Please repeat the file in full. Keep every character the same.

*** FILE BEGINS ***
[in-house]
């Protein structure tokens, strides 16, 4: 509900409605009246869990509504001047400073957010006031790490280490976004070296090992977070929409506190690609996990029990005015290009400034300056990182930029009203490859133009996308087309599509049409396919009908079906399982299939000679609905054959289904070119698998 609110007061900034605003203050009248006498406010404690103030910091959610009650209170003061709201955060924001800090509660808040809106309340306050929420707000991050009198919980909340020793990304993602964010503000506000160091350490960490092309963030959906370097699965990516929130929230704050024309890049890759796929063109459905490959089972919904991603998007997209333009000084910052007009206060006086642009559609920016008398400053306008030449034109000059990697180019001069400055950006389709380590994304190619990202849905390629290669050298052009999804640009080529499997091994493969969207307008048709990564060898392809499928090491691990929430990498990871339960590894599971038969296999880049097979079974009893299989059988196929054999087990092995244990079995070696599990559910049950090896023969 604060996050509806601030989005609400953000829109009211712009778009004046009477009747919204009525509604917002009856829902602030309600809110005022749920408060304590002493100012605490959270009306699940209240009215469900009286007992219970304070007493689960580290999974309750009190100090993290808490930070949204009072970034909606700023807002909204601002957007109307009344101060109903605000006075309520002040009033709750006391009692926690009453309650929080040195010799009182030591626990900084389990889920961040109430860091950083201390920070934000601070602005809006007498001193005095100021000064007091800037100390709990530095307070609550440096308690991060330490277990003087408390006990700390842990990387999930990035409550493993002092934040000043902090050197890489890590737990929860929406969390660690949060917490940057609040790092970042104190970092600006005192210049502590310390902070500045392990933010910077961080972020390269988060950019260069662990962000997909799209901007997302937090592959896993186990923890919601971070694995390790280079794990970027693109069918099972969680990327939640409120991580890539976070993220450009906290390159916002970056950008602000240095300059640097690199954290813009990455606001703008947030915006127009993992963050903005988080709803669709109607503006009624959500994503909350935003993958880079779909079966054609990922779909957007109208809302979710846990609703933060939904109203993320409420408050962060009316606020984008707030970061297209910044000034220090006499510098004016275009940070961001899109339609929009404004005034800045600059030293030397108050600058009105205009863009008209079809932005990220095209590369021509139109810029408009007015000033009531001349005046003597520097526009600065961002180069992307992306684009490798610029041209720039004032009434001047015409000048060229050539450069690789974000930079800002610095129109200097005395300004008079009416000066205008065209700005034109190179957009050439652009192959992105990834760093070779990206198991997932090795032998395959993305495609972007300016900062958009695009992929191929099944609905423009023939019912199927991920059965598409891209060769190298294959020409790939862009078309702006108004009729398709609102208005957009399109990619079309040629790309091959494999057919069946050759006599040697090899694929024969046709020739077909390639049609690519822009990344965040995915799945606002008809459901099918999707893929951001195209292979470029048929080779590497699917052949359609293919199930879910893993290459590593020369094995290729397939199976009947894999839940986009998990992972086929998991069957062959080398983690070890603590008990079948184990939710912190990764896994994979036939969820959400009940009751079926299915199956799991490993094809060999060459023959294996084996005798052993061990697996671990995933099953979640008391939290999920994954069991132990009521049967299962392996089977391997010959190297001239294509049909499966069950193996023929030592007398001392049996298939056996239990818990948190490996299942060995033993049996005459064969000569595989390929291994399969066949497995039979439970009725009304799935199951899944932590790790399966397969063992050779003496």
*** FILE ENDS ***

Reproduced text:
[in-house]
């Protein structure tokens, strides 16, 4: 509900409605009246869990509504001047400073957010006031790490280490976004070296090992977070929409506190690609996990029990005015290009400034300056990182930029009203490859133009996308087309599509049409396919009908079906399982299939000679609905054959289904070119698998 609110007061900034605003203050009248006498406010404690103030910091959610009650209170003061709201955060924001800090509660808040809106309340306050929420707000991050009198919980909340020793990304993602964010503000506000160091350490960490092309963030959906370097699965990516929130929230704050024309890049890759796929063109459905490959089972919904991603998007997209333009000084910052007009206060006086642009559609920016008398400053306008030449034109000059990697180019001069400055950006389709380590994304190619990202849905390629290669050298052009999804640009080529499997091994493969969207307008048709990564060898392809499928090491691990929430990498990871339960590894599971038969296999880049097979079974009893299989059988196929054999087990092995244990079995070696599990559910049950090896023969 604060996050509806601030989005609400953000829109009211712009778009004046009477009747919204009525509604917002009856829902602030309600809110005022749920408060304590002493100012605490959270009306699940209240009215469900009286007992219970304070007493689960580290999974309750009190100090993290808490930070949204009072970034909606700023807002909204601002957007109307009344101060109903605000006075309520002040009033709750006391009692926690009453309650929080040195010799009182030591626990900084389990889920961040109430860091950083201390920070934000601070602005809006007498001193005095100021000064007091800037100390709990530095307070609550440096308690991060330490277990003087408390006990700390842990990387999930990035409550493993002092934040000043902090050197890489890590737990929860929406969390660690949060917490940057609040790092970042104190970092600006005192210049502590310390902070500045392990933010910077961080972020390269988060950019260069662990962000997909799209901007997302937090592959896993186990923890919601971070694995390790280079794990970027693109069918099972969680990327939640409120991580890539976070993220450009906290390159916002970056950008602000240095300059640097690199954290813009990455606001703008947030915006127009993992963050903005988080709803669709109607503006009624959500994503909350935003993958880079779909079966054609990922779909957007109208809302979710846990609703933060939904109203993320409420408050962060009316606020984008707030970061297209910044000034220090006499510098004016275009940070961001899109339609929009404004005034800045600059030293030397108050600058009105205009863009008209079809932005990220095209590369021509139109810029408009007015000033009531001349005046003597520097526009600065961002180069992307992306684009490798610029041209720039004032009434001047015409000048060229050539450069690789974000930079800002610095129109200097005395300004008079009416000066205008065209700005034109190179957009050439652009192959992105990834760093070779990206198991997932090795032998395959993305495609972007300016900062958009695009992929191929099944609905423009023939019912199927991920059965598409891209060769190298294959020409790939862009078309702006108004009729398709609102208005957009399109990619079309040629790309091959494999057919069946050759006599040697090899694929024969046709020739077909390639049609690519822009990344965040995915799945606002008809459901099918999707893929951001195209292979470029048929080779590497699917052949359609293919199930879910893993290459590593020369094995290729397939199976009947894999839940986009998990992972086929998991069957062959080398983690070890603590008990079948184990939710912190990764896994994979036939969820959400009940009751079926299915199956799991490993094809060999060459023959294996084996005798052993061990697996671990995933099953979640008391939290999920994954069991132990009521049967299962392996089977391997010959190297001239294509049909499966069950193996023929030592007398001392049996298939056996239990818990948190490996299942060995033993049996005459064969000569595989390929291994399969066949497995039979439970009725009304799935199951899944932590790790399966397969063992050779003496």